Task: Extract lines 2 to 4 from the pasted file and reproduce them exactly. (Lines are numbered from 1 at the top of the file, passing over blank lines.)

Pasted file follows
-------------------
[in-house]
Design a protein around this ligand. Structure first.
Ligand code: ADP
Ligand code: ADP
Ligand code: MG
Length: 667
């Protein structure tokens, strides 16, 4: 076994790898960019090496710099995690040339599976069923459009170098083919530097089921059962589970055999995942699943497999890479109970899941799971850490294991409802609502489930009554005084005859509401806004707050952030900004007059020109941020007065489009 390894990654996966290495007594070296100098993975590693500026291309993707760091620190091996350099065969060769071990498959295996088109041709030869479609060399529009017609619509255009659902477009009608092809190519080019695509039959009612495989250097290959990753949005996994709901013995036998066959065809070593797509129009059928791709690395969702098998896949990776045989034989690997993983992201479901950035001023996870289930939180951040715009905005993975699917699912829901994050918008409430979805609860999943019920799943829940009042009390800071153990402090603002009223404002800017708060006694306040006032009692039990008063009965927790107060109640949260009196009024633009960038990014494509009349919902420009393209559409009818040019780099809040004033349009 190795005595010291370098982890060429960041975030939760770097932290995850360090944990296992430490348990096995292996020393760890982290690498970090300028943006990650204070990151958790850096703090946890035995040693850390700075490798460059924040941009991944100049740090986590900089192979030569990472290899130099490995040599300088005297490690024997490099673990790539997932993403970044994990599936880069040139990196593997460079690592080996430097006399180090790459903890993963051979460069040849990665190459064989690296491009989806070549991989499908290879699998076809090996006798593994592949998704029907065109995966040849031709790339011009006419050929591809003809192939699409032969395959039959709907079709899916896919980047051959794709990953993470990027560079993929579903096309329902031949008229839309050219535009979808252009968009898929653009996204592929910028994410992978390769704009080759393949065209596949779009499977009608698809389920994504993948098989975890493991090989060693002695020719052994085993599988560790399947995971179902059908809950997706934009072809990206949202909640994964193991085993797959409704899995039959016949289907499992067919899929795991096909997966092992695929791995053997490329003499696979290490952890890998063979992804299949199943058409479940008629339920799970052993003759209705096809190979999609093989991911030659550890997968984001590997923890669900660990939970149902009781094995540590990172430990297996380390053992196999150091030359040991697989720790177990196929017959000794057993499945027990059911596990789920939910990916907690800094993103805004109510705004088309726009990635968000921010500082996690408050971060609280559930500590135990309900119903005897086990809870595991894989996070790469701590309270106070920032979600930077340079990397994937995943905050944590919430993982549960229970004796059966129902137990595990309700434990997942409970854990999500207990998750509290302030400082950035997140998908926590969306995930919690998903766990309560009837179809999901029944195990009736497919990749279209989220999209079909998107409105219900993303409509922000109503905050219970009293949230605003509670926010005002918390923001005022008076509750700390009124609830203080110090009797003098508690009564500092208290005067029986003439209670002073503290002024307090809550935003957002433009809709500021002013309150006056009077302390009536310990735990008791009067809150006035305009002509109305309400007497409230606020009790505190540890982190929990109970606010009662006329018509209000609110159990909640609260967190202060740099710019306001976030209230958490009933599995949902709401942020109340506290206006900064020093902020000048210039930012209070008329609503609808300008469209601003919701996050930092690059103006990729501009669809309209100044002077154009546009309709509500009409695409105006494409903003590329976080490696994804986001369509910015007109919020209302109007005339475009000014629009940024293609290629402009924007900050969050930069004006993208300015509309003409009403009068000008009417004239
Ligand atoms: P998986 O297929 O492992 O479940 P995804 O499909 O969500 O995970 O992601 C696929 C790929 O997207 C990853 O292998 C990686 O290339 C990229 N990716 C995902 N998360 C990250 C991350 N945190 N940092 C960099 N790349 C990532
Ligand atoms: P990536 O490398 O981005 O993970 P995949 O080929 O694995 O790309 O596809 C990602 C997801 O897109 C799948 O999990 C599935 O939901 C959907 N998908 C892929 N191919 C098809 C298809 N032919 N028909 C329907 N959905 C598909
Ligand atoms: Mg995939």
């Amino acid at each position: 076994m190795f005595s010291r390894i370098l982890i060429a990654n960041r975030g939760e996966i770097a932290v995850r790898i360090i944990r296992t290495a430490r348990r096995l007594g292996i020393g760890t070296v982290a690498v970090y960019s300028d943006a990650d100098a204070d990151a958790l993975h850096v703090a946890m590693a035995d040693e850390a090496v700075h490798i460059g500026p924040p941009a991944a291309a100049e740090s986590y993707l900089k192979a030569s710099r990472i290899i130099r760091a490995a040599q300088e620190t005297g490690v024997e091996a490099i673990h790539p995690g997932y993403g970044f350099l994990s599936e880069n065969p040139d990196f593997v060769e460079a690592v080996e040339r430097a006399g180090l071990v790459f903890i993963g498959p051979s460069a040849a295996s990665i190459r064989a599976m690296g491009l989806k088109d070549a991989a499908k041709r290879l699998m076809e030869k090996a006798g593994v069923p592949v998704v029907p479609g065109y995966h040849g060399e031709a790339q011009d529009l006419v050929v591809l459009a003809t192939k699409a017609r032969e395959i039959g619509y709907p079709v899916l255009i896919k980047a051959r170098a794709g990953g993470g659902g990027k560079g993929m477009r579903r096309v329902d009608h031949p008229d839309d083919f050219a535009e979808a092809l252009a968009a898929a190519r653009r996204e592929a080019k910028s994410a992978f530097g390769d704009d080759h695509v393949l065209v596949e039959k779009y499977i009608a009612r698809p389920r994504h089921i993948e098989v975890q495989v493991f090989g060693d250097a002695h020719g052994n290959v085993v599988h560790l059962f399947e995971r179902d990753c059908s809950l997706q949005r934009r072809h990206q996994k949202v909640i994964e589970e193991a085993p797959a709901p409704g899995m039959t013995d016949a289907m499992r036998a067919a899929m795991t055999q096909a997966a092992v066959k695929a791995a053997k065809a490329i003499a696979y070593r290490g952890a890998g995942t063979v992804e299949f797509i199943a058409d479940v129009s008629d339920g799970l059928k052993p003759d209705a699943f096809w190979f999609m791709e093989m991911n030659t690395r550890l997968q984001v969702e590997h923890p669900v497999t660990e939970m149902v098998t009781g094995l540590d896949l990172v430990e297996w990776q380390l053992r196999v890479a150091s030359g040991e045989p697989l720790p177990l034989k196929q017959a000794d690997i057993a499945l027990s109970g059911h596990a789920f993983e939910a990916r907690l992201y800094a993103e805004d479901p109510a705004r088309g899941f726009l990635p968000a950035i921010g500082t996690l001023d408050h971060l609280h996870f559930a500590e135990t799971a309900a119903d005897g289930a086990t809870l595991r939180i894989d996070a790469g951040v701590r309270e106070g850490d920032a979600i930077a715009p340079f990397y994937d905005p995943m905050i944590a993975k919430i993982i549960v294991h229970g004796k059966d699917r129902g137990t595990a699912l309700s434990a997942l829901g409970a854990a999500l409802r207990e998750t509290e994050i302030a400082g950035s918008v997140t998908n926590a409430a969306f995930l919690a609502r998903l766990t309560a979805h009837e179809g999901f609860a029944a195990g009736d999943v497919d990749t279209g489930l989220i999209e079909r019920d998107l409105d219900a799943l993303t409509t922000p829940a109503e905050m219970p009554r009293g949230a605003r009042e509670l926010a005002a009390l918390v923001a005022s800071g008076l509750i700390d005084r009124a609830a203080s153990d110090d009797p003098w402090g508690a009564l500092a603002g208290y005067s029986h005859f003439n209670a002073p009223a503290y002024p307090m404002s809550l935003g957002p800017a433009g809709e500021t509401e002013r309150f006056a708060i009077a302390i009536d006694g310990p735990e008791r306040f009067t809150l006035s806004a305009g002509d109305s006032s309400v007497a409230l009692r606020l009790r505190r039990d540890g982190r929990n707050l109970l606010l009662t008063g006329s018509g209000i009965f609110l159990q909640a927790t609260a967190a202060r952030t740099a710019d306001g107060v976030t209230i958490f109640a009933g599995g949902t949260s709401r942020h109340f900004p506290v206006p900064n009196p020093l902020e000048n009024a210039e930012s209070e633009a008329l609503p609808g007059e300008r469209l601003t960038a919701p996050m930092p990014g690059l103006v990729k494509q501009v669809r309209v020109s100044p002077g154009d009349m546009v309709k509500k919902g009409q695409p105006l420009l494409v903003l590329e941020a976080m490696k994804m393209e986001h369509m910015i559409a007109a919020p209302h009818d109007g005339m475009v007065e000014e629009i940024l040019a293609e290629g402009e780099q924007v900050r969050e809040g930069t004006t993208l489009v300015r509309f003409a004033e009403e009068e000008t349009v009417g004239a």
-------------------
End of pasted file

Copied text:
Design a protein around this ligand. Structure first.
Ligand code: ADP
Ligand code: ADP